Opinion No. 2002-280

Jim Milum

Attorney General of Arkansas — Opinion
Opinion Delivered November 19, 2002

MARK PRYOR, Attorney General

The Honorable Jim Milum State Representative 607 Skyline Drive Harrison, AR 72601-2309

Dear Representative Milum:

I am writing in response to your request for an opinion concerning several of the statutes on cruelty to animals. You have asked that I provide a “simple explanation” of the following statutes for a constituent:

1. A.C.A. § 5-62-101 (a) (1), (2), and (3);

2. A.C.A. § 5-62-111 (a) and (b);

3. A.C.A. § 5-62-118 (a) and (b).


I will set out the text of these provisions and will comment briefly on each. Because I have not been presented with any specific questions, however, the opinion should not be read to address any particular issue or question of interpretation.

Section 5-62-101, which establishes the offense of “cruelty to animals,” provides as follows under subparagraphs (1), (2), and (3) of paragraph (a):

(a) A person commits the offense of cruelty to animals if, except as authorized by law, he or she knowingly:

(1) Abandons any animal;

(2) Subjects any animal to cruel mistreatment;

(3) Subjects any animal in his or her custody to cruel neglect[.]

A.C.A. § 5-62-101 (Supp. 2001).

This section is part of the Arkansas Criminal Code that was adopted in 1975 (see Acts 1975, No. 280, § 2918). As stated in the Original Commentary to A.C.A. § 5-62-101, this section was “designed to simplify current authority on this subject and is largely self-explanatory.” Commentaries, Vol. B. at 264 (Repl. 1995). With regard to the words “except as authorized by law,” the Commentary goes on to state that this “exempt[s] those types of activities permitted by laws respecting the hunting and trapping of wild animals.” Id.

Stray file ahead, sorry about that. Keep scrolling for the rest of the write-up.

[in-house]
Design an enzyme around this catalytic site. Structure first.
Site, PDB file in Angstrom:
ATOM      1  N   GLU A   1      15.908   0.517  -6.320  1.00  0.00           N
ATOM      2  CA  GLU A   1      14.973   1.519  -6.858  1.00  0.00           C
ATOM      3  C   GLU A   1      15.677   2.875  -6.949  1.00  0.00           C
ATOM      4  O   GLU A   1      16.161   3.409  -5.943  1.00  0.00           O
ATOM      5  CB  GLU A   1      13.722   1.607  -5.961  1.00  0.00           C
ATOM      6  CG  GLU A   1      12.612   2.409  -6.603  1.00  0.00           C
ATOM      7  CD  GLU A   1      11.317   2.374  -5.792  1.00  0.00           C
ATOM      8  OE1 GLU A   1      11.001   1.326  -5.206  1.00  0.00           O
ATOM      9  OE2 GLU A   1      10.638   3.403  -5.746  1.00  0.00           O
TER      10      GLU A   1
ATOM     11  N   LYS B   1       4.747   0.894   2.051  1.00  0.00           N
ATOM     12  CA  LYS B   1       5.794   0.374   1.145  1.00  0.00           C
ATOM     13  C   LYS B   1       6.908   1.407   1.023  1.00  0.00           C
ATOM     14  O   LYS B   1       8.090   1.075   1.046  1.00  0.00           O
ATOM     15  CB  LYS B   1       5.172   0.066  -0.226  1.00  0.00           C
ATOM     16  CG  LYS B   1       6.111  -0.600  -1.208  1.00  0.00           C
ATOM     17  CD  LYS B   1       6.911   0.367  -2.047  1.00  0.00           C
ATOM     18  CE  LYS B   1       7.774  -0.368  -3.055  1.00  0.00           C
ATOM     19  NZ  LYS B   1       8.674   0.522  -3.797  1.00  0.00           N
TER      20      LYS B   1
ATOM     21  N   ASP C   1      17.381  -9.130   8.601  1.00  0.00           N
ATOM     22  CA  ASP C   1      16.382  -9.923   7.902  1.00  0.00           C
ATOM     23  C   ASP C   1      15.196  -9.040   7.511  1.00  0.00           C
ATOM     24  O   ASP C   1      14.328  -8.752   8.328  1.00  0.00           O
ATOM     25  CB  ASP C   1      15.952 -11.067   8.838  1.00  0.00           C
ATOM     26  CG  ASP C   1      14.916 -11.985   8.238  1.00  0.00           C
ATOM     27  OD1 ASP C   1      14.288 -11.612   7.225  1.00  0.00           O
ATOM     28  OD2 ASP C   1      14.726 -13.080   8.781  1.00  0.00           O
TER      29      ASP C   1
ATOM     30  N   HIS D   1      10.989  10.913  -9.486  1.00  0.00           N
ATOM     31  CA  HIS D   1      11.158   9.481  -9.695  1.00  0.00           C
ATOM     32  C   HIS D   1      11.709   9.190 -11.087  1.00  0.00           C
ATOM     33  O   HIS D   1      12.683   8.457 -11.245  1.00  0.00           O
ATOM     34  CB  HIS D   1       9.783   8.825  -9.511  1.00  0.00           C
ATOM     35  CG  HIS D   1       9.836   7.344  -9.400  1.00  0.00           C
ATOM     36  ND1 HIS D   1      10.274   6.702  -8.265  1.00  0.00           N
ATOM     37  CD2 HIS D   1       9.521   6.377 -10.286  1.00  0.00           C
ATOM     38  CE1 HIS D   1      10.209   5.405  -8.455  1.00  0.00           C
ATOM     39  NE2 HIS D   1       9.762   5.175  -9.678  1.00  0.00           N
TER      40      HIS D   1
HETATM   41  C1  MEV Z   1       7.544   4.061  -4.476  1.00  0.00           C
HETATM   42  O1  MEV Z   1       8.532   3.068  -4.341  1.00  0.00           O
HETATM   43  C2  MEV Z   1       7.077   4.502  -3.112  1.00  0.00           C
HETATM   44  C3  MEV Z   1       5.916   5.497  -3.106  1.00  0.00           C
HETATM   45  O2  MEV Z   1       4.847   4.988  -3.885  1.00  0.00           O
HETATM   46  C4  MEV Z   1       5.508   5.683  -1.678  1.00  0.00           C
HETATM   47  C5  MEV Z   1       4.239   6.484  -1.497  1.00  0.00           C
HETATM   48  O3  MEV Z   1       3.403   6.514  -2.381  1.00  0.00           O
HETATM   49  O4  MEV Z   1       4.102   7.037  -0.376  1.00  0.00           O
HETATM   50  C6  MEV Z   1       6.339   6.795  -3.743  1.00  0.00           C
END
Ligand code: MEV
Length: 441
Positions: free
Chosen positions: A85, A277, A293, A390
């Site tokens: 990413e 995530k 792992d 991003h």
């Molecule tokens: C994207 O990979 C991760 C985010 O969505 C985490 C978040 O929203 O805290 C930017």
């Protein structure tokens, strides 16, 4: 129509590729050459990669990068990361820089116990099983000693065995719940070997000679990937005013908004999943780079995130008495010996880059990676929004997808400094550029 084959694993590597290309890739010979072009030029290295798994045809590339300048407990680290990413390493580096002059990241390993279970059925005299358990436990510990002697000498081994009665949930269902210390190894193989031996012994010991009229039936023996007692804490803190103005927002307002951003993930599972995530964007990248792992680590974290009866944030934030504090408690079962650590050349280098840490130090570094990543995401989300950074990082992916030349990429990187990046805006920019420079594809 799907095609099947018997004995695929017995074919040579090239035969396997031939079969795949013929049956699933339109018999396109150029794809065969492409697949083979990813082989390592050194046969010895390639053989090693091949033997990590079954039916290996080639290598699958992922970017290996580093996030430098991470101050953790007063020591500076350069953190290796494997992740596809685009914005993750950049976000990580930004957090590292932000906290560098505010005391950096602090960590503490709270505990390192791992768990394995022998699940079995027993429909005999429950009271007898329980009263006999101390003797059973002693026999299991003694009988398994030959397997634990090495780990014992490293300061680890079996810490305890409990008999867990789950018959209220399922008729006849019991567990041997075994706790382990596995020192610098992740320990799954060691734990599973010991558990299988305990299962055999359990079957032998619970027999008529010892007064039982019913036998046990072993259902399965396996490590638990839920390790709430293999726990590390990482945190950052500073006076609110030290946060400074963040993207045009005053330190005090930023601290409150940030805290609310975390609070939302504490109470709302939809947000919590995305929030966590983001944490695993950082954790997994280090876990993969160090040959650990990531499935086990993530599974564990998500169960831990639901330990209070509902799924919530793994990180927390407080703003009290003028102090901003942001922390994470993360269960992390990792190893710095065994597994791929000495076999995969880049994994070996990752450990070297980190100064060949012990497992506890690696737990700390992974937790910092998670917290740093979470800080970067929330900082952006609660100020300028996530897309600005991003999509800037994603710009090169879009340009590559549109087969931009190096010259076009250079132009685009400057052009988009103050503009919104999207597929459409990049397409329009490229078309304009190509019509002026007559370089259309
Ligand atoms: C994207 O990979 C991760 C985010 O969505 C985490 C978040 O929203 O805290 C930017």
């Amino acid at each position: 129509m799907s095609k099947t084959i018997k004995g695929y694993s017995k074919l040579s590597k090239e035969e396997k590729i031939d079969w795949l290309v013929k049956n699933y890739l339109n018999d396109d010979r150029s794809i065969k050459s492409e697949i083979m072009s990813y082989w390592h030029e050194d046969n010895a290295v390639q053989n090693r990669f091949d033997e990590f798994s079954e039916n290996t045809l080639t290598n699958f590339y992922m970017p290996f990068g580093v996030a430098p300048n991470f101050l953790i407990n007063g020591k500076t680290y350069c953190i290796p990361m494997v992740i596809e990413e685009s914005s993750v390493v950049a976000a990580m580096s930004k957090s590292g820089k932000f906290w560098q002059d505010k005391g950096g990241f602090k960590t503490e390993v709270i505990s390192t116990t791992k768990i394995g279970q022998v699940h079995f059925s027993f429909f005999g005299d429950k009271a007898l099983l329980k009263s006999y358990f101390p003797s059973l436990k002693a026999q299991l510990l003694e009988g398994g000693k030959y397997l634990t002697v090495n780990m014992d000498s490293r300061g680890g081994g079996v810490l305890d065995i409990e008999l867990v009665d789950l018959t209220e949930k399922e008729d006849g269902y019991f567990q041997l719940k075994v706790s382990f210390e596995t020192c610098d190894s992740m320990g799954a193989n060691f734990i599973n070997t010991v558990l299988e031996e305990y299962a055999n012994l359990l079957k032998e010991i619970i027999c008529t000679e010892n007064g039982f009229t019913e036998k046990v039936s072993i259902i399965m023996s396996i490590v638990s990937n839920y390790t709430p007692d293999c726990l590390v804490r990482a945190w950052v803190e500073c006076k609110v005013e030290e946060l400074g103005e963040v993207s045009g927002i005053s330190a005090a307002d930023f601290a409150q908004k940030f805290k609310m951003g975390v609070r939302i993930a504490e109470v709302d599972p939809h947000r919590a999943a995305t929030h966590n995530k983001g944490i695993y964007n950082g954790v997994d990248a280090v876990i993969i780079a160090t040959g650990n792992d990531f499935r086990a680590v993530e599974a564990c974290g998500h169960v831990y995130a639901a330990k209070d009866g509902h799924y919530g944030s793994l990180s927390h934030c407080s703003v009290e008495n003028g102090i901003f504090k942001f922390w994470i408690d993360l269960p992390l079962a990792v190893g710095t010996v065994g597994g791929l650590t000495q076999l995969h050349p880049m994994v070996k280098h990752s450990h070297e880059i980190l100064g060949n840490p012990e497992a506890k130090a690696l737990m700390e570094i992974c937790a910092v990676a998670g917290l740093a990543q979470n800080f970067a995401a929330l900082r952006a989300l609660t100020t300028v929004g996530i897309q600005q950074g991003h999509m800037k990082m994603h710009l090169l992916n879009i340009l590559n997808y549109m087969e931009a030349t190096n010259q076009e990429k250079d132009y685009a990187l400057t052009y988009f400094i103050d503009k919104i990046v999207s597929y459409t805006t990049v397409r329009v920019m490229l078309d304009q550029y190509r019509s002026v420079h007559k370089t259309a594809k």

There are few reported cases involving this criminal provision. Because it is penal (“cruelty to animals” is a Class A misdemeanor under §5-62-101 (b)), we know that it must be strictly construed. See generally Wilcox v. Safley, 298 Ark. 159, 766 S.W.2d 12 (1989). Additionally, guilt must be proven “beyond a reasonable doubt.” Ford v. City of Hot Springs, 294 Ark. 435, 743 S.W.2d 394 (1988). The case of Norton v. State, 307 Ark. 336, 820 S.W.2d 272 (1991), also offers some insight, wherein the court confirmed a “cruelty to animals” conviction, finding sufficient evidence that the defendant acted “knowingly” as required under §5-62-101. The court pointed to the following definition of “knowingly” found in A.C.A. 5-2-202 (2):